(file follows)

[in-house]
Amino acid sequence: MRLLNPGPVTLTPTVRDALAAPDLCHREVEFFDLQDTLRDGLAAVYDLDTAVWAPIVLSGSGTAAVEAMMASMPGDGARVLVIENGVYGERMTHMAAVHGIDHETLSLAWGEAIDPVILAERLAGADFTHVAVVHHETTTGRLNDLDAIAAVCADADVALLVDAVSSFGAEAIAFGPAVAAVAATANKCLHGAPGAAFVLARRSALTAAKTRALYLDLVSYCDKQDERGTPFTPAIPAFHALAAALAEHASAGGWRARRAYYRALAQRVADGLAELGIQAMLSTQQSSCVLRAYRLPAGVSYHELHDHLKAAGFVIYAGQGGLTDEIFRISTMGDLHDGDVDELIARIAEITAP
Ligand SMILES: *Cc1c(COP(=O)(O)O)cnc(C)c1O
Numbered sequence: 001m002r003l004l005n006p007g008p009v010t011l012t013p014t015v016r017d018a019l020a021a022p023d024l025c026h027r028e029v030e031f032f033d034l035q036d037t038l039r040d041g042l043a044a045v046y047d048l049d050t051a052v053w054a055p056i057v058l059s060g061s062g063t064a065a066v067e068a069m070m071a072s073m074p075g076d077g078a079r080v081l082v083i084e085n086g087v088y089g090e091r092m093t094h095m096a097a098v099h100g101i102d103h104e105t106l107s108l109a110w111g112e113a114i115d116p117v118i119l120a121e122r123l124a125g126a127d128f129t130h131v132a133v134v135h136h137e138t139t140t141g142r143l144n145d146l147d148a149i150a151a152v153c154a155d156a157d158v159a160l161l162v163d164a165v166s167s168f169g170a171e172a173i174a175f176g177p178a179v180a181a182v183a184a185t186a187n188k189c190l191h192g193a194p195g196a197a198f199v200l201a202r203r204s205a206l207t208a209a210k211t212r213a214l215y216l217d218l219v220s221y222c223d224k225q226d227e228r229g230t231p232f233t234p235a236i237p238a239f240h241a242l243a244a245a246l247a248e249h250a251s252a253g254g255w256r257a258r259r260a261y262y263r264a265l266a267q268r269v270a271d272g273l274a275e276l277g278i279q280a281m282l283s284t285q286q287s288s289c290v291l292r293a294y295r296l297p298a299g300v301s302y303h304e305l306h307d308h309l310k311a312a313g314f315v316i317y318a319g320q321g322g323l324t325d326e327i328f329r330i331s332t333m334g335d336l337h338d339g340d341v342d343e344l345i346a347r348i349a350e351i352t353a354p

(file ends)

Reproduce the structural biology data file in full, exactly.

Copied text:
[in-house]
Amino acid sequence: MRLLNPGPVTLTPTVRDALAAPDLCHREVEFFDLQDTLRDGLAAVYDLDTAVWAPIVLSGSGTAAVEAMMASMPGDGARVLVIENGVYGERMTHMAAVHGIDHETLSLAWGEAIDPVILAERLAGADFTHVAVVHHETTTGRLNDLDAIAAVCADADVALLVDAVSSFGAEAIAFGPAVAAVAATANKCLHGAPGAAFVLARRSALTAAKTRALYLDLVSYCDKQDERGTPFTPAIPAFHALAAALAEHASAGGWRARRAYYRALAQRVADGLAELGIQAMLSTQQSSCVLRAYRLPAGVSYHELHDHLKAAGFVIYAGQGGLTDEIFRISTMGDLHDGDVDELIARIAEITAP
Ligand SMILES: *Cc1c(COP(=O)(O)O)cnc(C)c1O
Numbered sequence: 001m002r003l004l005n006p007g008p009v010t011l012t013p014t015v016r017d018a019l020a021a022p023d024l025c026h027r028e029v030e031f032f033d034l035q036d037t038l039r040d041g042l043a044a045v046y047d048l049d050t051a052v053w054a055p056i057v058l059s060g061s062g063t064a065a066v067e068a069m070m071a072s073m074p075g076d077g078a079r080v081l082v083i084e085n086g087v088y089g090e091r092m093t094h095m096a097a098v099h100g101i102d103h104e105t106l107s108l109a110w111g112e113a114i115d116p117v118i119l120a121e122r123l124a125g126a127d128f129t130h131v132a133v134v135h136h137e138t139t140t141g142r143l144n145d146l147d148a149i150a151a152v153c154a155d156a157d158v159a160l161l162v163d164a165v166s167s168f169g170a171e172a173i174a175f176g177p178a179v180a181a182v183a184a185t186a187n188k189c190l191h192g193a194p195g196a197a198f199v200l201a202r203r204s205a206l207t208a209a210k211t212r213a214l215y216l217d218l219v220s221y222c223d224k225q226d227e228r229g230t231p232f233t234p235a236i237p238a239f240h241a242l243a244a245a246l247a248e249h250a251s252a253g254g255w256r257a258r259r260a261y262y263r264a265l266a267q268r269v270a271d272g273l274a275e276l277g278i279q280a281m282l283s284t285q286q287s288s289c290v291l292r293a294y295r296l297p298a299g300v301s302y303h304e305l306h307d308h309l310k311a312a313g314f315v316i317y318a319g320q321g322g323l324t325d326e327i328f329r330i331s332t333m334g335d336l337h338d339g340d341v342d343e344l345i346a347r348i349a350e351i352t353a354p